is transformed into fragility, omnipotent delirium.<br />

The gift of seeing with one’s eyes degraded into a card reader’s trick.<br />

Is Tiresias, at least in part, a metaphor for the difficulties of narrating and interpreting<br />

in many psychopathologies of the contemporary clinical panorama?<br />

40


Giuseppe Speciale<br />

Department of jurisprudence, Catania<br />

BUT ONE CAN'T LIVE WITH HATE. I KNOW THAT.<br />

WE HAVE TO FORGET IF WE ARE TO GO ON LIVING<br />

1. The protagonists of the trial - judges, defendants, victims, and people - are<br />

like moving pieces in a kaleidoscope that reflect their feelings of anger and<br />

mourning on the mirrors. In the kaleidoscope we can see the complex and<br />

tormented image of the human condition. In the kaleidoscope it may also<br />

happen that the pieces change their nature: so the winners become the losers<br />

and the losers winners.<br />

2. It is interesting to note how the victim, as an individual, after some time,<br />

tends to forget why he needs to start a new life without the burden of sorrow<br />

and mourning. On the contrary, societies ordered in states or in other<br />

forms of association, tend to institutionalize memory, and promote initiatives<br />

to eternalize memory, because they think that memory serves to keep the<br />

collective consciousness alive and to avoid repeating the same facts. But the<br />

institutionalization of memory leads to the risk of banality, and the repetition<br />

of the lowest rhetoric, with devastating effects on younger generations.<br />

41


Vincenzo Caretti / Adriano Schimmenti 1<br />

1<br />

PhD, DClinPsy, Faculty of Human and Social Sciences,<br />

UKE - Kore University of Enna<br />

TRAUMA AND PSYCOPATHY<br />

From a biopsychosocial perspective, it is likely that the inborn vulnerabilities<br />

of psychopaths interact with negative environmental experiences to determine<br />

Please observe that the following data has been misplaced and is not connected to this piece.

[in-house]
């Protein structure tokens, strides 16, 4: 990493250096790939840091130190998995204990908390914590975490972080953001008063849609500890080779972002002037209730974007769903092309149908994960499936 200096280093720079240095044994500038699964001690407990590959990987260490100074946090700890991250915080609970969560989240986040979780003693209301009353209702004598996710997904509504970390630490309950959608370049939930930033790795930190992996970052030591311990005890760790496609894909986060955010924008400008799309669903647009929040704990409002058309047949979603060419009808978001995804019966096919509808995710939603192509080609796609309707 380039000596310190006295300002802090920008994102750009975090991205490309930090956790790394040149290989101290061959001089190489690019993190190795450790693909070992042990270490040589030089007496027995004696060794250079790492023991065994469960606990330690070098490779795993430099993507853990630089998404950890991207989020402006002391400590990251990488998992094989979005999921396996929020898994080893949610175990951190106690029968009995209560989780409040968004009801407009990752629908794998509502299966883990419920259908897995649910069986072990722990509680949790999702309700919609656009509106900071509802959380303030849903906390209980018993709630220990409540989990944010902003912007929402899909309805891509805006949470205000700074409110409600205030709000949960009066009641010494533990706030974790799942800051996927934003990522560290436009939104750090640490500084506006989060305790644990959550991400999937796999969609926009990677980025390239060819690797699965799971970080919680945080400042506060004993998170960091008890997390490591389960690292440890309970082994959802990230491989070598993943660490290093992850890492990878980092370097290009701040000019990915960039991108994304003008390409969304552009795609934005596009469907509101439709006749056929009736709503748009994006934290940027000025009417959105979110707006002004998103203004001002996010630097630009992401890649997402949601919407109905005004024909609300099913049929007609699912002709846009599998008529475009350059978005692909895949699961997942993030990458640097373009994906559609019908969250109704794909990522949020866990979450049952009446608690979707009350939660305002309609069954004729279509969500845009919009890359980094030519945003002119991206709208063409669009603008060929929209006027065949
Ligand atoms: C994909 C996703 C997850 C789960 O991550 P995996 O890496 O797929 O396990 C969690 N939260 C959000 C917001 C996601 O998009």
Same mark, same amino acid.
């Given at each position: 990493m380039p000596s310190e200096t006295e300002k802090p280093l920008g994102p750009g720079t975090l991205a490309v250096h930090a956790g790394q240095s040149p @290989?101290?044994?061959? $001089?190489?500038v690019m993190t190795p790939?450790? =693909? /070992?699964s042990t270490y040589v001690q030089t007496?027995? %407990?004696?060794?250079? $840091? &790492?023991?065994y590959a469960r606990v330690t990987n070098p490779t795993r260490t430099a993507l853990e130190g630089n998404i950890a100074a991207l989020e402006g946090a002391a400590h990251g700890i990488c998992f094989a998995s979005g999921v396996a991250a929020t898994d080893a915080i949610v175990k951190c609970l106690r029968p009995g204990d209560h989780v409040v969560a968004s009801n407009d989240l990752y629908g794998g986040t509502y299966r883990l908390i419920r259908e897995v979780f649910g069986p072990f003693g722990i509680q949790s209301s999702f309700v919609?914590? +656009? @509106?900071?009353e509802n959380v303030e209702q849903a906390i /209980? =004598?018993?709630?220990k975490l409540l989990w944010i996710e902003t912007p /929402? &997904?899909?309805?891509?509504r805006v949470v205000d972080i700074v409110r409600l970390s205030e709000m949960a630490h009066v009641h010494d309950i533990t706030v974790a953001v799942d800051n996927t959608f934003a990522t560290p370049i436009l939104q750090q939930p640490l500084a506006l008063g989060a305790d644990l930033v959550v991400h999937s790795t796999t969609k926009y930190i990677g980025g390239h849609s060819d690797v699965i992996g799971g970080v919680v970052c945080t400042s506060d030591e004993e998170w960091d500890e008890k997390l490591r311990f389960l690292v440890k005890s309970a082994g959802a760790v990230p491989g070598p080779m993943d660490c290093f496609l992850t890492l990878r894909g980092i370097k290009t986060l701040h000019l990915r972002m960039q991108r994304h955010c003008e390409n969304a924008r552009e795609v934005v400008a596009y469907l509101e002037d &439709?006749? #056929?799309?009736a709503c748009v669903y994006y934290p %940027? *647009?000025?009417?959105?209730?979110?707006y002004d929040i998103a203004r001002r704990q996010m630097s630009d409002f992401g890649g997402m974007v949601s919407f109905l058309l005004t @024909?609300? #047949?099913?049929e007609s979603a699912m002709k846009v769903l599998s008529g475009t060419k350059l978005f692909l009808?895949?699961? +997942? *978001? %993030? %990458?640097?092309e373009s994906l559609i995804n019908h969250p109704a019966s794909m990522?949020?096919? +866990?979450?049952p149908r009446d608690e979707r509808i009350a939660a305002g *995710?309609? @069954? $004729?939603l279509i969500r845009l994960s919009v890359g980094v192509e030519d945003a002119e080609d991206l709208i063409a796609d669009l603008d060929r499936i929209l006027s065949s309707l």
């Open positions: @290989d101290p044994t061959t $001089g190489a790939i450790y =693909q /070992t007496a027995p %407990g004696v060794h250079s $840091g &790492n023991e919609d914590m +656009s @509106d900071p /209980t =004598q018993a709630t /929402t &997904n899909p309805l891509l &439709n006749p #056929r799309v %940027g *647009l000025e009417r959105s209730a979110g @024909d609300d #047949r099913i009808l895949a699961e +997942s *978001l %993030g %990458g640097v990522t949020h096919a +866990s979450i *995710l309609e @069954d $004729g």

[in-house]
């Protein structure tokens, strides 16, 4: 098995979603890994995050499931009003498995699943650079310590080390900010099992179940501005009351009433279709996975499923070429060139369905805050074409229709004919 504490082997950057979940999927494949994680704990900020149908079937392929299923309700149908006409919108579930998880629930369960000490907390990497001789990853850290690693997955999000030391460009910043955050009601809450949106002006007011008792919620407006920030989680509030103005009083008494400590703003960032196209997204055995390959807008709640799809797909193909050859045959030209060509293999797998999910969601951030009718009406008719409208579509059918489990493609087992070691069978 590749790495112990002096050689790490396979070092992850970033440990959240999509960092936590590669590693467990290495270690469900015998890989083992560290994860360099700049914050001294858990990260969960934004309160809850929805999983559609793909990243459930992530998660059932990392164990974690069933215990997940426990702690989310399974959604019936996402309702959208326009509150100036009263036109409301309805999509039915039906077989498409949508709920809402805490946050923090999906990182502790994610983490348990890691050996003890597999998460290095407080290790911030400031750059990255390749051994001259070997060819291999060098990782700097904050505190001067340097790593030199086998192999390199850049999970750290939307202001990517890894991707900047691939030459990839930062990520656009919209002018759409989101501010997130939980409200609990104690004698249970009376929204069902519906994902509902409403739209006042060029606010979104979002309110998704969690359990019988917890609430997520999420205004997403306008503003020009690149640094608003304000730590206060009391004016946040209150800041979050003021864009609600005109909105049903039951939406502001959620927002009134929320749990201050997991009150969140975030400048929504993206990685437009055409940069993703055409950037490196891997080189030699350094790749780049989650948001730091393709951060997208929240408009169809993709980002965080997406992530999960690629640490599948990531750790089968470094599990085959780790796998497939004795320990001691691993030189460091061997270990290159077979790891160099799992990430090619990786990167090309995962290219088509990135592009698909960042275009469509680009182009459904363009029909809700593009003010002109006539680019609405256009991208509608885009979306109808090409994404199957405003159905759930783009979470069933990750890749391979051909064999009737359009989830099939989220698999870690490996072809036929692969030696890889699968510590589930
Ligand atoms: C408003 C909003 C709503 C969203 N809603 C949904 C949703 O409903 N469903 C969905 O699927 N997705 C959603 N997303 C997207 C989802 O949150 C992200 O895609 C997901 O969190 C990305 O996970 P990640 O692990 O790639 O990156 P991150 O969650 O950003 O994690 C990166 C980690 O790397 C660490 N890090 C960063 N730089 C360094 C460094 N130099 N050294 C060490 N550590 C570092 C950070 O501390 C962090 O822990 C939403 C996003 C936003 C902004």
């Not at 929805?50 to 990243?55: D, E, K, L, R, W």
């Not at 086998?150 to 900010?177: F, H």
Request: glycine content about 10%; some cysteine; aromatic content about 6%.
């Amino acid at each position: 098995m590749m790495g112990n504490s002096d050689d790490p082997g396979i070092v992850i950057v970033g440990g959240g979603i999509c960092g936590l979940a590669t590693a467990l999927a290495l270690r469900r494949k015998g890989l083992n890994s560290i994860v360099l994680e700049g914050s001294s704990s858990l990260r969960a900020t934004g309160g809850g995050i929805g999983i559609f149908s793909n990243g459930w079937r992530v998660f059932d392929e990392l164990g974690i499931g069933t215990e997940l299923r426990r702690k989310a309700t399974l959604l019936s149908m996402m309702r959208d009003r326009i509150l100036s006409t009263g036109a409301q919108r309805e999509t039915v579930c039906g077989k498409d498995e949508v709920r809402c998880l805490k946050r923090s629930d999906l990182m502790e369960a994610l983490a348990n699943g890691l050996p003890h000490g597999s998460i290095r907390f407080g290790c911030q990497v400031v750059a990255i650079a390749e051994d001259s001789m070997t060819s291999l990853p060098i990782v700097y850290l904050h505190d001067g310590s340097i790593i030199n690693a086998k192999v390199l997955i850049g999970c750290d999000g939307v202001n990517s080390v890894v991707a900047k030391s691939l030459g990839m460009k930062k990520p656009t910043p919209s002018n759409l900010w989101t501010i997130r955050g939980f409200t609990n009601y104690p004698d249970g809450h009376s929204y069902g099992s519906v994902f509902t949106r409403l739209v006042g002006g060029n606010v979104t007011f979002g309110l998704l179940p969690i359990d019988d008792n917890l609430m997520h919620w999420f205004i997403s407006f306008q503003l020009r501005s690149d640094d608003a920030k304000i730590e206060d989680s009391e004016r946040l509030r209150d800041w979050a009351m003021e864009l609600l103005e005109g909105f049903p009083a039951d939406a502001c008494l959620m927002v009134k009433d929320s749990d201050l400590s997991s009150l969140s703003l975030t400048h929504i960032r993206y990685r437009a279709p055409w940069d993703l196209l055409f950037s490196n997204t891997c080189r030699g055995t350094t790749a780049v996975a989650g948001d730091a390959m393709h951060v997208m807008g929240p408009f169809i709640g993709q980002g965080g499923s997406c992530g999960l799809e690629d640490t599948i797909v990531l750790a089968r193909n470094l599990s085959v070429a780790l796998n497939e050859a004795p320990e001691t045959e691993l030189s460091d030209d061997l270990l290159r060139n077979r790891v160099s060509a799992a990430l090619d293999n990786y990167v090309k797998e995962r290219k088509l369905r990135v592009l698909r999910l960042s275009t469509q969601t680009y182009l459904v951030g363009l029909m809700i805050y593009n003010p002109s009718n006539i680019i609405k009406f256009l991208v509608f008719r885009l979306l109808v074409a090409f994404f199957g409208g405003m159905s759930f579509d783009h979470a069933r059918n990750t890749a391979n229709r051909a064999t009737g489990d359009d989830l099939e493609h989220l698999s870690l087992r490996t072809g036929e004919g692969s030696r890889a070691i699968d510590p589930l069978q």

the severity of the psychopathic traits.<br />

Especially in childhood, when the child's brain is particularly sensitive to experiences<br />

for its development, traumatic experiences in the attachment relationships<br />

are able to deviate the typical development of basic capacities such<br />

as empathy, mentalization, affect regulation in the child. This may lead to the<br />

development of severe psychopathic traits in vulnerable individuals.<br />

The empirical evidences linking psychopathic traits with childhood experiences<br />

of abuse and neglect will be reviewed. Research findings from different<br />

countries show that psychopaths are often exposed to a number of traumatic<br />

experiences during their childhood, and among these neglect, rejection and<br />

different types of abuse in the family. Such findings on the relationship between<br />

traumatic experiences and psychopathy have significant implications<br />

for prevention, diagnosis, and treatment of psychopathic personalities.<br />

42


43


PARALLEL<br />

SESSION<br />

45


Personality disorders (Room 1)<br />

Celia Taylor<br />

Millfields Unit, John Howard Centre, East London NHS Foundation Trust,<br />

Hackney, London, UK<br />

CREATIVE PROCESSES IN FORENSIC PSYCHOTHERAPY AND PSYCHIATRY:<br />

HIGH-RISK OFFENDERS WITH PERSONALITY DISORDER<br />

The successful psychodynamic treatment of high-risk offenders with severe<br />

personality disorder is a highly complex endeavour. It requires the therapist<br />

to help these individuals explore, confront and integrate many facets – both<br />

destructive and healthy – of their emotional and social ways of being. In this<br />

presentation I will discuss my experience of working psycho-dynamically<br />

with such patients in a medium secure, modified therapeutic community, in<br />

such a way as to foster the core creative processes of change – including curiosity,<br />

storytelling, and recognition of the potential new self. In many ways,<br />

these processes resemble the fundamental paradigmatic shifts described by<br />

Kuhn in 1962, which underpin major scientific discoveries. I will illustrate<br />

the nature and meaning of these transformative stages with case material<br />

from perpetrators of patricide.<br />

PARALLEL SESSION / The clinical field (1)<br />

46


Personality disorders (Room 1)<br />

Ravi Lingam / Rachel Woodward, Foteini Papouli<br />

Forensic Services, Bamburgh Clinic, Northumberland Tyne and Wear NHS Foundation Trust,<br />

Newcastle-on-Tyne, UK<br />

PRAGMATIC AND SYSTEMIC MANAGEMENT AND CONTAINMENT OF<br />

INTERPERSONAL AGGRESSION IN COMPLEX PERSONALITY DISORDERS<br />

Operational and relational management of risk are cornerstones in the safe<br />

and effective running of secure hospital units. This challenge is compounded<br />

by internal, external factors and pressures.<br />

The Oswin Medium Secure Unit in Newcastle-on-Tyneis a specialist service<br />

for offender-patients screened to the Offender Personality Disorder (OPD)<br />

pathway. The service model was re-designed and embedded within OPD<br />

pathway in 2015, meetingcommissioning specifications, offering primarily<br />

high risk personality disordered offenders a pathway of care from prison<br />

to hospital. These individuals are recognized to be‘stuck’ within the prison<br />

system. They are difficult to engage, in part because of co-occurring mental<br />